What I Wish I Had Done As a First-Time Intern

How to get the most out of a valuable opportunity

By Published on .

Jessica Mendoza
Jessica Mendoza

As a first-time intern, a topic I was familiar with was being discussed and I sat quietly listening to executives try to come up with solutions as if they were picking them up from a hat. My mind was bursting with ideas, I knew I could contribute something, I even worked entire solutions to arguable questions in my head, and by the time I decided I was going to talk, the meeting had ended. At that point I thought to myself well who is going to listen to an intern anyways -- that thought was one of the thoughts I regretted the most out of that internship.

I believed internships were just to take on tasks and learn from doing rather than contributing to larger problems. Now as a veteran intern, I know I was wrong. I have a piece of advice I would give to my younger self and to any students new to the internship world:

  • Explore your creativity. Test the company's boundaries by promoting ideas that may shift a project's direction for the better. Sometimes employees who work on projects over long periods are overwhelmed with information and are likely to use the same techniques they have used in the past. Use your understanding of the project's scope to bring fresh ideas to the table. Also, as a rule of thumb, always make sure your ideas are backed by relevant research and are in line with what the company wants to promote.

  • Perfection doesn't get a letter grade. Trying to constantly perfect a project you are working on may be seen as wasting time on details. Open your eyes to the bigger picture and be aware of your projects' priorities, your manager's time, and your deadlines. Your manager is more likely to appreciate good quality and speedy work than perfection. Present a draft before a finalized copy to your manager, by collaborating with your manager you'll get a better understanding of his or her expectations and you can produce work that both parties are satisfied with.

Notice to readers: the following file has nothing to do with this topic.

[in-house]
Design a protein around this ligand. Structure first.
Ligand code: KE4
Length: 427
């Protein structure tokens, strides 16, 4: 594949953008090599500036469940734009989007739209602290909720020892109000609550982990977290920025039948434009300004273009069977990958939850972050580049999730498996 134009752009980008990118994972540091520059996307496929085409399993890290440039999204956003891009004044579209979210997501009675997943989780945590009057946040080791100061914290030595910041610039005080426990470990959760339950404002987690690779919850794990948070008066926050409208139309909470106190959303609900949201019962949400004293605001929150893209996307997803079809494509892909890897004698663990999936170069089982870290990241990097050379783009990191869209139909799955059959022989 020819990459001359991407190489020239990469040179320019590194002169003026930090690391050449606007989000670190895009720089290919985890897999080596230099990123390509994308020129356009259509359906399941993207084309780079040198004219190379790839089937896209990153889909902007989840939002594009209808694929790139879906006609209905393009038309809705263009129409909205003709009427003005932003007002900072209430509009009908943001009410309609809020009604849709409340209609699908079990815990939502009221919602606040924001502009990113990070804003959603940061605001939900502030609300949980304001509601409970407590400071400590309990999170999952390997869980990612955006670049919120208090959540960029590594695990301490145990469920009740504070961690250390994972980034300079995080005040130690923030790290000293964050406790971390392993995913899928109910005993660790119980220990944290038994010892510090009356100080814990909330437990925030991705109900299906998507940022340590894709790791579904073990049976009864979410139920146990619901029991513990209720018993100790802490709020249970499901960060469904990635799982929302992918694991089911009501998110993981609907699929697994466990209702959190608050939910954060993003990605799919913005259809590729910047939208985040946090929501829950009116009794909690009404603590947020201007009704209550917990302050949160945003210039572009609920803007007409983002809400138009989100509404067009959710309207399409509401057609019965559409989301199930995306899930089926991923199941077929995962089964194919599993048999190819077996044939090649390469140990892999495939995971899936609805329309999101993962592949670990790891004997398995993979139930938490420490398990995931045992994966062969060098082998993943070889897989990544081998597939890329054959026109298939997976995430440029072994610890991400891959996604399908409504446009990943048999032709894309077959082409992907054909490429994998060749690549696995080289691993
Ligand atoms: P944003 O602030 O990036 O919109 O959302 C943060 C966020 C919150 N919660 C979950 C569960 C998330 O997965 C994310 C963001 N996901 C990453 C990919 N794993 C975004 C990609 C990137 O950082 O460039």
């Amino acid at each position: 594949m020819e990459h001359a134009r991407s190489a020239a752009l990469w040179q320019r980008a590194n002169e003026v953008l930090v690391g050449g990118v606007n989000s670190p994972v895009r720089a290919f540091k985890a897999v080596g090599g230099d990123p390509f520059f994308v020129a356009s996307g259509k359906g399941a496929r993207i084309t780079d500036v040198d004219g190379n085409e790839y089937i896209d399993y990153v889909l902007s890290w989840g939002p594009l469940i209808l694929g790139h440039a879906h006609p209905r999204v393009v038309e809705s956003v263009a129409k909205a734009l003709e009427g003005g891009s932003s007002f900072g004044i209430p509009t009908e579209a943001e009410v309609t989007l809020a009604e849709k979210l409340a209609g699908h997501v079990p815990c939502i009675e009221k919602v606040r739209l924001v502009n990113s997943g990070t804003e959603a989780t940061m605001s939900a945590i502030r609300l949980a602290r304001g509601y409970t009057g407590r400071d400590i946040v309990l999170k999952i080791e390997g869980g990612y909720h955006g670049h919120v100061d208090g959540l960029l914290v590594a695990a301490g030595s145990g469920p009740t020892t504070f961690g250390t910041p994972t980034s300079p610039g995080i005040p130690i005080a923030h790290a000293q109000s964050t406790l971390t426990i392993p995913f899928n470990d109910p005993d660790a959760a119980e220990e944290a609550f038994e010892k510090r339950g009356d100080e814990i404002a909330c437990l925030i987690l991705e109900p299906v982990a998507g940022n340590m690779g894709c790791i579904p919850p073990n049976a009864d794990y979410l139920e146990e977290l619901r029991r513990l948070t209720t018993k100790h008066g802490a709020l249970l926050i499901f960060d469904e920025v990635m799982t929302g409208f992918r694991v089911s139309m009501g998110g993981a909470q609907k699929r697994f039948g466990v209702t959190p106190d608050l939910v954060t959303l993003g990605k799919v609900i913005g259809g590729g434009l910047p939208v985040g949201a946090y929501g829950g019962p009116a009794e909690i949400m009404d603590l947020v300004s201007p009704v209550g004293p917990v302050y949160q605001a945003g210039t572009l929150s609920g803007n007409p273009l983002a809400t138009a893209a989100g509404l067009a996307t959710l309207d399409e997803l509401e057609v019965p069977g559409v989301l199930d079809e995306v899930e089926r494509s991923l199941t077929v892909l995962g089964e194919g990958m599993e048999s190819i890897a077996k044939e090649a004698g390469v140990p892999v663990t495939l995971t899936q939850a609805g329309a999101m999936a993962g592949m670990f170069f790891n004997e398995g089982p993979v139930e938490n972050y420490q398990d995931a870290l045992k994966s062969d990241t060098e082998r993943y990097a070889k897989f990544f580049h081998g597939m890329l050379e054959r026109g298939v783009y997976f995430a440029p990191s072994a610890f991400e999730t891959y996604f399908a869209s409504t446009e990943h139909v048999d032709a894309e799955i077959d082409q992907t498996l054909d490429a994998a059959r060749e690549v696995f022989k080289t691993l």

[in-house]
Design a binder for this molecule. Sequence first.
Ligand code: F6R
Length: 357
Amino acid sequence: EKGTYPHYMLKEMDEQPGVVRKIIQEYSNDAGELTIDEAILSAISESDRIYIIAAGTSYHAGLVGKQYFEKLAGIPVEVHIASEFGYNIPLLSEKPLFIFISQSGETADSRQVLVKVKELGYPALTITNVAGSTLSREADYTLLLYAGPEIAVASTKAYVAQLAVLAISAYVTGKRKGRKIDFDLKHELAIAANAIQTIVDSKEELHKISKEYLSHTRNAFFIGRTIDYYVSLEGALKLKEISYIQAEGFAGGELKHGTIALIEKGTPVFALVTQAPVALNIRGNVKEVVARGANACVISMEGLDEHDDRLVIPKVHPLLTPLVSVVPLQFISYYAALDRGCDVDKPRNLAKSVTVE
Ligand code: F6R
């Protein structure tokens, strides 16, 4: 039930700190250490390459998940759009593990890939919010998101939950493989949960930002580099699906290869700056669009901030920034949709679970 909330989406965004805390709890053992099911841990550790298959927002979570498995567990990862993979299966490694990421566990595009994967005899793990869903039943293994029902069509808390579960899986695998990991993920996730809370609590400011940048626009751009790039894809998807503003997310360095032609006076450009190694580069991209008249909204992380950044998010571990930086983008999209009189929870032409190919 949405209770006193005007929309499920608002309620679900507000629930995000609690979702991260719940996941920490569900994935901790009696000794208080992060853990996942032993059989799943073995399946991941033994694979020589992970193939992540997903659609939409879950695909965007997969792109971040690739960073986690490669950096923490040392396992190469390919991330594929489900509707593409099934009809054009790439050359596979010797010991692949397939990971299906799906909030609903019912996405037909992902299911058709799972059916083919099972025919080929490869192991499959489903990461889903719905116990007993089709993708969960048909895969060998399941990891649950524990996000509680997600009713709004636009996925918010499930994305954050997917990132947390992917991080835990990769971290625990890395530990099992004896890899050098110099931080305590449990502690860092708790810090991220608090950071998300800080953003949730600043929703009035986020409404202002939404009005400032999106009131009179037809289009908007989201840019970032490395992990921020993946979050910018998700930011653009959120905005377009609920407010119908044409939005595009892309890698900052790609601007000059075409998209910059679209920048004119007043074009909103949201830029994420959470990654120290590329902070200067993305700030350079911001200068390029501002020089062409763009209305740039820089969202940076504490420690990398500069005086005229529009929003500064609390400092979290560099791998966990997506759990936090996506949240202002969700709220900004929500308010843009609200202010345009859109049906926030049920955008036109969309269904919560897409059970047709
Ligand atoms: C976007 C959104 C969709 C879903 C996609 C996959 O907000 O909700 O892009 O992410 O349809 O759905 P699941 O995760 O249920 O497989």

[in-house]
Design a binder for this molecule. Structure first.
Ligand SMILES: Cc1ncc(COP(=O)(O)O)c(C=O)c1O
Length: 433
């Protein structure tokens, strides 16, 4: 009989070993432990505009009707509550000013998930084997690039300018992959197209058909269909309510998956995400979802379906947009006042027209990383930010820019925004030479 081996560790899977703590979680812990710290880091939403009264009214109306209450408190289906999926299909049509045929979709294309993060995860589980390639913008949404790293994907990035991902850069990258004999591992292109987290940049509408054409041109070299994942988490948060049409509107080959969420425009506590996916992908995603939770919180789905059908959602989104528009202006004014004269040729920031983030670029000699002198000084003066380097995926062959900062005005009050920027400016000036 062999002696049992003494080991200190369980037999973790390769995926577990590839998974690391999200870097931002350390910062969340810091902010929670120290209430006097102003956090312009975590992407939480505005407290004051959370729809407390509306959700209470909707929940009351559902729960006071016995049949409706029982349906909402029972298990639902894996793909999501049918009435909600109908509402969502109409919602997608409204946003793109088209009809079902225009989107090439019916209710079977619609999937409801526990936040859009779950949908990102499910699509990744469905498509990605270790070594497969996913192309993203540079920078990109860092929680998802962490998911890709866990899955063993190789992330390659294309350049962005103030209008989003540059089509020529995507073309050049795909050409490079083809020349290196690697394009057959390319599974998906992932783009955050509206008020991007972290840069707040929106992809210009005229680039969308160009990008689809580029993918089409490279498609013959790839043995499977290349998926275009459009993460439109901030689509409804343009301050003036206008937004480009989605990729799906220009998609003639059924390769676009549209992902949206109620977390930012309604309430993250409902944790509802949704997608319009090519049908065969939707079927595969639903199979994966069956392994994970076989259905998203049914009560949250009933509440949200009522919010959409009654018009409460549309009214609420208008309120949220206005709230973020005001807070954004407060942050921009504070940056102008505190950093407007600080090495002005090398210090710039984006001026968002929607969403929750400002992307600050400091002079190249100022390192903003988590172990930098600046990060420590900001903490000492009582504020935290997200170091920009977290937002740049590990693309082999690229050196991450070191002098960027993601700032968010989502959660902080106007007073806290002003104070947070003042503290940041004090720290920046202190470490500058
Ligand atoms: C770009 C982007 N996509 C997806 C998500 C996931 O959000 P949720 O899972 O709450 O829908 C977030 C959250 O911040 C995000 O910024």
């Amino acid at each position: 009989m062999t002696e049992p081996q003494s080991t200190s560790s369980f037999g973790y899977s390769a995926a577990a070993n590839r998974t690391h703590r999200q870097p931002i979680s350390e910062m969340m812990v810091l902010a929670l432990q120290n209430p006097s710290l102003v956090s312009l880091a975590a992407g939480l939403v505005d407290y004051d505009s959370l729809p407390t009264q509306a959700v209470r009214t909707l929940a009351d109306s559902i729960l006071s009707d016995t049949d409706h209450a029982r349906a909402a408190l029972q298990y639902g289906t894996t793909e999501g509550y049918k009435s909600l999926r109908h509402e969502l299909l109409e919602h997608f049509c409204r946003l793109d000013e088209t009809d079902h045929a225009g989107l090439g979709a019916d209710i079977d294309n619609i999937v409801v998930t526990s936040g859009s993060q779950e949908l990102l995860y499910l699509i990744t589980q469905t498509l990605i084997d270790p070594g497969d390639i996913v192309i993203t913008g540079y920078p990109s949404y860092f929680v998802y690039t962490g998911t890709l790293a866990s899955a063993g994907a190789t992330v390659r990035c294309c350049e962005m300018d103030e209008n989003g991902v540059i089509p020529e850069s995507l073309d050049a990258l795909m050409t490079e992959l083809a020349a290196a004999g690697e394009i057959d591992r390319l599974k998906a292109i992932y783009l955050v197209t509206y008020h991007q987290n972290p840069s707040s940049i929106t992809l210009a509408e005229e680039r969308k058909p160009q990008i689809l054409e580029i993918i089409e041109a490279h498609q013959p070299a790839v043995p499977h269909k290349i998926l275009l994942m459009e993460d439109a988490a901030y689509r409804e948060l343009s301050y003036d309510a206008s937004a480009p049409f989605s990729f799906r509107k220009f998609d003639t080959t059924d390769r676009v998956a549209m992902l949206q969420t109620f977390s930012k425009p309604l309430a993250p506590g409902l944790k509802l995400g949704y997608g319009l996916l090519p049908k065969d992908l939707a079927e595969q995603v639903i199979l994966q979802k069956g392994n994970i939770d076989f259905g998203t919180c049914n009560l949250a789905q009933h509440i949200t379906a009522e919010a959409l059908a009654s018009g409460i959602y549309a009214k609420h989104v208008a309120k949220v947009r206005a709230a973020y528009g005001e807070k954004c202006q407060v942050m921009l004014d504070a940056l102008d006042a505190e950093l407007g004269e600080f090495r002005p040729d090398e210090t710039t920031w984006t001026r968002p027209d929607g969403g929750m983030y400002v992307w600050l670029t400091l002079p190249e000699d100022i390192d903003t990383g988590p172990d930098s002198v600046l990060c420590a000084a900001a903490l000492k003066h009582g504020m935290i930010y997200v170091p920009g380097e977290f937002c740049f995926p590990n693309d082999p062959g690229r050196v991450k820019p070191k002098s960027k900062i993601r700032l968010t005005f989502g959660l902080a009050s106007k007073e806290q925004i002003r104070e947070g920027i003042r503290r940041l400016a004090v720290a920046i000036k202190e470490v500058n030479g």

• Be pragmatic. Situational scenarios that you learned on your textbooks are unlikely to reappear with the same constants in the real world. Understand your company, the client, products or services, the industry, and audiences you are working with so you can better tailor your answers and work. Get out of your comfort zone and make educated suggestions about your project assignment without relying too strongly on theories you learned in class.

  • Speak up. Have an idea? Then say it. Even if you think it is dumb or nobody will pay attention to you, share them with your team. Otherwise, you'll never know when one of your ideas will be the foundation for a larger project, and if that's the case you'll get a secure job offer not only in the company you are interning with but other companies will gain interest in you, too.

  • Enjoy your vacation time. Once you are out of college and enter the job market you'll realize that those precious summer days are gone, spring break is none existent, and you are going to have to go home for a shorter period of time when the winter holidays come around. Take advantage of your vacation time while you have it and most importantly have fun.

About the Author
Jessica Mendoza is a 2010 graduate of Hofstra University where she pursued her BBA degree in Marketing and minored in Philosophy. After graduation, Jessica took a position as a Project Coordinator at Kantar Media. Jessica manages the company's digital and event marketing efforts, and is responsible for the launch and promotion of the digital product suite, including online video and tablet ad monitoring solutions. In her spare time, Jessica consults at Madecasse Chocolate and volunteers at the Advertising Women of New York (AWNY), New York Women in Communication, and the Advertising Research Foundation (ARF) Young Pros.

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